Enter “Chicken-Fried Spam”!

Chicken-fried steak is a staple in Texas restaurants. Typically slathered in white gravy with sides like like mashed potatoes and green beans (and cornbread or hush puppies), chicken-fried steak has a cousin: “chicken-fried chicken,” which is essentially “fried chicken” without the bones. So we could say “boneless fried chicken,” but that sounds inferior. “Chicken-fried chicken” sounds much more justified on a menu, especially when even Cracker Barrel charges like $9.99 for it. (Plus three sides and a choice of breads, of course.)

So, I figured that if being “chicken-fried” made ordinary fried chicken into even better fried chicken, why not try it with spam?

What you’ll need

You’ll need these ingredients for chicken-fried anything.

  • buttermilk (I use almond milk)
  • flour
  • salt and pepper
  • paprika or cayenne pepper
  • eggs
  • Saltines
  • Panko bread crumbs


Do the following:

  1. Slice the spam to about 1/4 inch slices.
  2. Place the spam in a dish and cover the slices with buttermilk. I use almond milk, because I am trying to stay away from too much dairy, but buttermilk is good because its density holds the breading better.
  3. Chill for about 15-20 minutes (longer is better; 30 minutes is ideal)
  4. Meanwhile, set up the following:
    • Make three dipping stations, in this order
      • flour with salt, pepper and paprika/cayenne
      • eggs
      • crushed saltines to which you add Panko breadcrumbs
  5. Take the chilled and drenched spam slices and in this order dip and cover them well on both sides: flour mixture, eggs, and breadcrumb mixture.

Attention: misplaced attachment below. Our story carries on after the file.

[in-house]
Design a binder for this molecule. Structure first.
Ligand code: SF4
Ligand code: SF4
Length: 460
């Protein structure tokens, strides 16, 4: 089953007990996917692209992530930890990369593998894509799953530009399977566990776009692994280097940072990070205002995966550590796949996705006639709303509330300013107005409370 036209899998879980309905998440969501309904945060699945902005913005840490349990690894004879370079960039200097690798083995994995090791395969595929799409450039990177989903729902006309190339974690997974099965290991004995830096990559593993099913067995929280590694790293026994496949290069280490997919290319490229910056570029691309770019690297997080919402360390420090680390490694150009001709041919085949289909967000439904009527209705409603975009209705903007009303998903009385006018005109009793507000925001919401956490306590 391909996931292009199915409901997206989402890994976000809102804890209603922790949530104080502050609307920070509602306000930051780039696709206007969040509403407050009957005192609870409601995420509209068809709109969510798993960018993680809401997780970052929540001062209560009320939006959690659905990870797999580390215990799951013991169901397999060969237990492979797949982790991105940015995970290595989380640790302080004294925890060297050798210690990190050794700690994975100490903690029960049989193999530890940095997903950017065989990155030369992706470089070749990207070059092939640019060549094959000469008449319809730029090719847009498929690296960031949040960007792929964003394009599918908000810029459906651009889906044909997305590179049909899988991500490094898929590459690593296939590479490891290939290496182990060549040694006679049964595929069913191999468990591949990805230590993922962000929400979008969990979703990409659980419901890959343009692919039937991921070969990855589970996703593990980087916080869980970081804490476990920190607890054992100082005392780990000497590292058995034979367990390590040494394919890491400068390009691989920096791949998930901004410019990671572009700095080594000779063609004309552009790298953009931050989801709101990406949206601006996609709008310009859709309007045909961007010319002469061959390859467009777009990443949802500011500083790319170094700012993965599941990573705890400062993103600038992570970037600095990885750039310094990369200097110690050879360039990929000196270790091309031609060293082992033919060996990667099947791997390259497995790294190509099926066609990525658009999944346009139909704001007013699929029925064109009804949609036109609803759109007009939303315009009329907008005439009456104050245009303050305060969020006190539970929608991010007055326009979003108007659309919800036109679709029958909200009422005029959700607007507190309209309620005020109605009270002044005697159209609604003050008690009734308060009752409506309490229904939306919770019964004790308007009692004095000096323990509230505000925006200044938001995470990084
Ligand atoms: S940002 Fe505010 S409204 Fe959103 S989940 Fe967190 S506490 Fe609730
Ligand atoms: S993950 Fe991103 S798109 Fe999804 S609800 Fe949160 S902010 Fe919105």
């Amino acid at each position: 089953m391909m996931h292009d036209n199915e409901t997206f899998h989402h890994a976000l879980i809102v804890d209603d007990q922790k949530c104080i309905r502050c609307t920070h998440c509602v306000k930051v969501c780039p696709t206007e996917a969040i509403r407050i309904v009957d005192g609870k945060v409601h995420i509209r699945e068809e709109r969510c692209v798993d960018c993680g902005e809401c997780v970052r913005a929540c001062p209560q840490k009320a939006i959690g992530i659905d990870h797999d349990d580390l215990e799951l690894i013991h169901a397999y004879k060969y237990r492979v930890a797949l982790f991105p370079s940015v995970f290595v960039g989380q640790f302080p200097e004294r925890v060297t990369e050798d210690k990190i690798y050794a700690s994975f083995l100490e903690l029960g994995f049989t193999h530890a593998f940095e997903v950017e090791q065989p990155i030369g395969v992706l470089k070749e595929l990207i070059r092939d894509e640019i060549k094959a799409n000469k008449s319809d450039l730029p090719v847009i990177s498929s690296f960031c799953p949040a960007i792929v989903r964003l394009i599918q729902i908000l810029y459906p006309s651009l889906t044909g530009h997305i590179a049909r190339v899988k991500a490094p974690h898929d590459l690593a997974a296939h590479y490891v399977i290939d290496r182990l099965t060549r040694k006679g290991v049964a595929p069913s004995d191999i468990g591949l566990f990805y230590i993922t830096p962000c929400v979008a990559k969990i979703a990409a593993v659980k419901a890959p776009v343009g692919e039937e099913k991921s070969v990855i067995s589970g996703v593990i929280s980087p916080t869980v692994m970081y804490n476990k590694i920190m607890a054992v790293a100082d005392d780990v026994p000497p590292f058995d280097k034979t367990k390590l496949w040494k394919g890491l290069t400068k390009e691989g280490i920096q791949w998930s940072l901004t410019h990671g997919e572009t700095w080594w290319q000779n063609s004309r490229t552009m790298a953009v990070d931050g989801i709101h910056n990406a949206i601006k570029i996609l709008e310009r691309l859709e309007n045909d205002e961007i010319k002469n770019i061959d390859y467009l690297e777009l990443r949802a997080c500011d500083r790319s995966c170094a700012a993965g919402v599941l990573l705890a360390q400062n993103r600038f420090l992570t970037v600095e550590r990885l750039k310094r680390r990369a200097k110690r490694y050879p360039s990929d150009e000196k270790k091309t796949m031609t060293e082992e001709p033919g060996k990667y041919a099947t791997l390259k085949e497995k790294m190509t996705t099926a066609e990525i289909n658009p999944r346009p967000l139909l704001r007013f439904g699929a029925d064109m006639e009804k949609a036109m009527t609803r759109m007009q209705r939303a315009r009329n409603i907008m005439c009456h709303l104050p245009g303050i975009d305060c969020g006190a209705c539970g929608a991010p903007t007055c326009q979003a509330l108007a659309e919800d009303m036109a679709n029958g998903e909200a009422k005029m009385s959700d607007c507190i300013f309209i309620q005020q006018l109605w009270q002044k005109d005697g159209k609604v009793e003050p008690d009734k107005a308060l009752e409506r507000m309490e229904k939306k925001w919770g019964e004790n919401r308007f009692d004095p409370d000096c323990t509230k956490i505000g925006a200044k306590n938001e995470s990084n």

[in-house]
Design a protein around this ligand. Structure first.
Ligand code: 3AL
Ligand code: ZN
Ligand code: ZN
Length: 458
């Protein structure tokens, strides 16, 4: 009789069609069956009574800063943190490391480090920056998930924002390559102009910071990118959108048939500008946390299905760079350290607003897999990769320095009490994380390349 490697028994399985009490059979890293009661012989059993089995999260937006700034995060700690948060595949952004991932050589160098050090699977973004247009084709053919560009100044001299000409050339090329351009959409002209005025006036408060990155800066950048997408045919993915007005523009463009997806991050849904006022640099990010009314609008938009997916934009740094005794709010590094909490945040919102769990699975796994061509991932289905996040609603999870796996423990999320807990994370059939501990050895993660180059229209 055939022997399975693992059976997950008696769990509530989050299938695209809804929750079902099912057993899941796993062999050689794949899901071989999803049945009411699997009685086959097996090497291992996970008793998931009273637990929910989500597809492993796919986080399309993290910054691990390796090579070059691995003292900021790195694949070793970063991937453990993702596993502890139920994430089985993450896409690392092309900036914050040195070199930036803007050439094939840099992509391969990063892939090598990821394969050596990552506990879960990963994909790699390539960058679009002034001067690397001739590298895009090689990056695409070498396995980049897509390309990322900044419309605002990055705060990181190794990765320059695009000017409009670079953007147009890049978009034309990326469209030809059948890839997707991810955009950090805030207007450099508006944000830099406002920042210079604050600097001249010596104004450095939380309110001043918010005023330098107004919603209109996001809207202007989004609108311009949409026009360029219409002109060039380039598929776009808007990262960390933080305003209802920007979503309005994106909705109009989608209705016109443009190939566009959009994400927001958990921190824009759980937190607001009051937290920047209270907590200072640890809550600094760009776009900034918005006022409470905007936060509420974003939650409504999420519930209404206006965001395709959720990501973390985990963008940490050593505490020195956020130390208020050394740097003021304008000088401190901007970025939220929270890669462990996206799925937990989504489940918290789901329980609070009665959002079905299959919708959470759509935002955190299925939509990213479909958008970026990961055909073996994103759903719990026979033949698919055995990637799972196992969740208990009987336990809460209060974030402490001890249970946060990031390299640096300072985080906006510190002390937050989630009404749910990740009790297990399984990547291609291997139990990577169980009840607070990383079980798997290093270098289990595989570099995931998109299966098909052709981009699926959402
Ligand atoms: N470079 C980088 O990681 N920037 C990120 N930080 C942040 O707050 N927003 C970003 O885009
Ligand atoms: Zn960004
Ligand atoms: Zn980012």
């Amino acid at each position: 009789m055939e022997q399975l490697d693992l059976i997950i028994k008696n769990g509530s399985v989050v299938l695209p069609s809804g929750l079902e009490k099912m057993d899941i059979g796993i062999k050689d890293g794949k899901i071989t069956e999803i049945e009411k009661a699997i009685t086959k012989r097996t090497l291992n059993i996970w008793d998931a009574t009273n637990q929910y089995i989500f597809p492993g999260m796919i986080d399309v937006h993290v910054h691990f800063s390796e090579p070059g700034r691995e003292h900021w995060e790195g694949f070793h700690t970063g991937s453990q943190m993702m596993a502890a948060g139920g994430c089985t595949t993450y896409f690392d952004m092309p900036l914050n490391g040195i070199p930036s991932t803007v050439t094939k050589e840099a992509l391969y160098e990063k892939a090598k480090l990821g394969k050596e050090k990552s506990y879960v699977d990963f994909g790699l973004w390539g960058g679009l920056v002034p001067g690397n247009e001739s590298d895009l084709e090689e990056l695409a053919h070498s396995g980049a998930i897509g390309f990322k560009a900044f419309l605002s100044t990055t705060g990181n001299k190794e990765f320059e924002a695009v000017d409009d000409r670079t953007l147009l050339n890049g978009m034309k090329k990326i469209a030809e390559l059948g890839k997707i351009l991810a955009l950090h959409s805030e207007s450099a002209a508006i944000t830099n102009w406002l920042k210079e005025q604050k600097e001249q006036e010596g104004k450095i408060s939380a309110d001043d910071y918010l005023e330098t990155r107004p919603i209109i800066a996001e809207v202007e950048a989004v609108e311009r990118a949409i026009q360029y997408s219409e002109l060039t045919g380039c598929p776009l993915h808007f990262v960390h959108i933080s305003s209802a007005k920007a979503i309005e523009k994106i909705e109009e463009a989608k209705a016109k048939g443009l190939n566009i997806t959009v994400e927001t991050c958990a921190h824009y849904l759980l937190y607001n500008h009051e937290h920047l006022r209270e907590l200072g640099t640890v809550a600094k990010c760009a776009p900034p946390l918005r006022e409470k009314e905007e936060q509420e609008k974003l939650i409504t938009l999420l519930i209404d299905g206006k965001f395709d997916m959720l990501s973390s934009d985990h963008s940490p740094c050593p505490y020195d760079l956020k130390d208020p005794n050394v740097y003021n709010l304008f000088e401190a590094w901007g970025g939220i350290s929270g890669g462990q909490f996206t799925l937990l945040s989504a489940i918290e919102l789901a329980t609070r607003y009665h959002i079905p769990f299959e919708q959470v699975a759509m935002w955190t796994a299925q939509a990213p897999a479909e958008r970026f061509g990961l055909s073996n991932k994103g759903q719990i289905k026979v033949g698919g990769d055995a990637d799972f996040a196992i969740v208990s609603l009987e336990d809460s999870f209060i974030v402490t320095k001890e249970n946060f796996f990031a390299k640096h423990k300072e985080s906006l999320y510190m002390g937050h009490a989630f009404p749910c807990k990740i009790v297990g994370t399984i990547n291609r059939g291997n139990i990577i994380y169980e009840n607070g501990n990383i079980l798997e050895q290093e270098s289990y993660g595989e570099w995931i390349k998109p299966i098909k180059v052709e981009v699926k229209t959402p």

6. Place breaded spam on a plate and let sit for about 15 minutes.
  7. Take a cast iron skillet, pour 3/8ths of an inch of oil into it (or enough to cover the breaded slices) and bring to medium-high heat.
  8. When the oil starts to shimmer, carefully place the slices into the oil. Be careful not to splash the oil, and make room for each piece so they are not touching (or they will stick together).
  9. Cook for about 2-3 minutes, only until the underside of each piece is a light brown, and then flip, again taking care not to splash.
  10. Once browned on both sides, take out slices and place on a rack or on a plate with paper towels to absorb any excess oil.

The good part

Here’s where we get to the fun part about what to cook with spam.

I was trying this out more out of curiosity than a desire to cook something so delicious that I’d do handstands. So I decided to make a caprese salad — Italian meets Texan — and put it on top of the slice of chicken-fried spam to make a sandwich out of it.

I used pumpernickel bread — as a dark bread, it gave me a feeling of “healthy” that was lacking by using spam — and first placed a piece of romaine on the bottom slice. This was to keep any remaining oil from soggying the bread. Then I placed a piece of chicken-fried spam on that.

And then, in a fit of what some would call brilliance and others would call “madness,” I placed tomato, a slice of mozzarella and fresh basil. A caprese salad. And then on top of that, I added a bespoke dressing of mayo mixed with sriracha.

A worthy experiment

On the side I made a small salad with baby spinach, sun-dried tomatoes and topped with a home-made raspberry balsamic vinaigrette.

I thought this might be a one-off. But my son, also a budding foodie, liked it. So perhaps I’ll try it again sometime. I still have three slices in the fridge.

For now, chicken-fried spam won’t become a staple in Texas restaurants or homes — I do make a mean chicken-fried steak, after all — but it’s always nice to know, in a pinch, what to cook with spam and how to do it.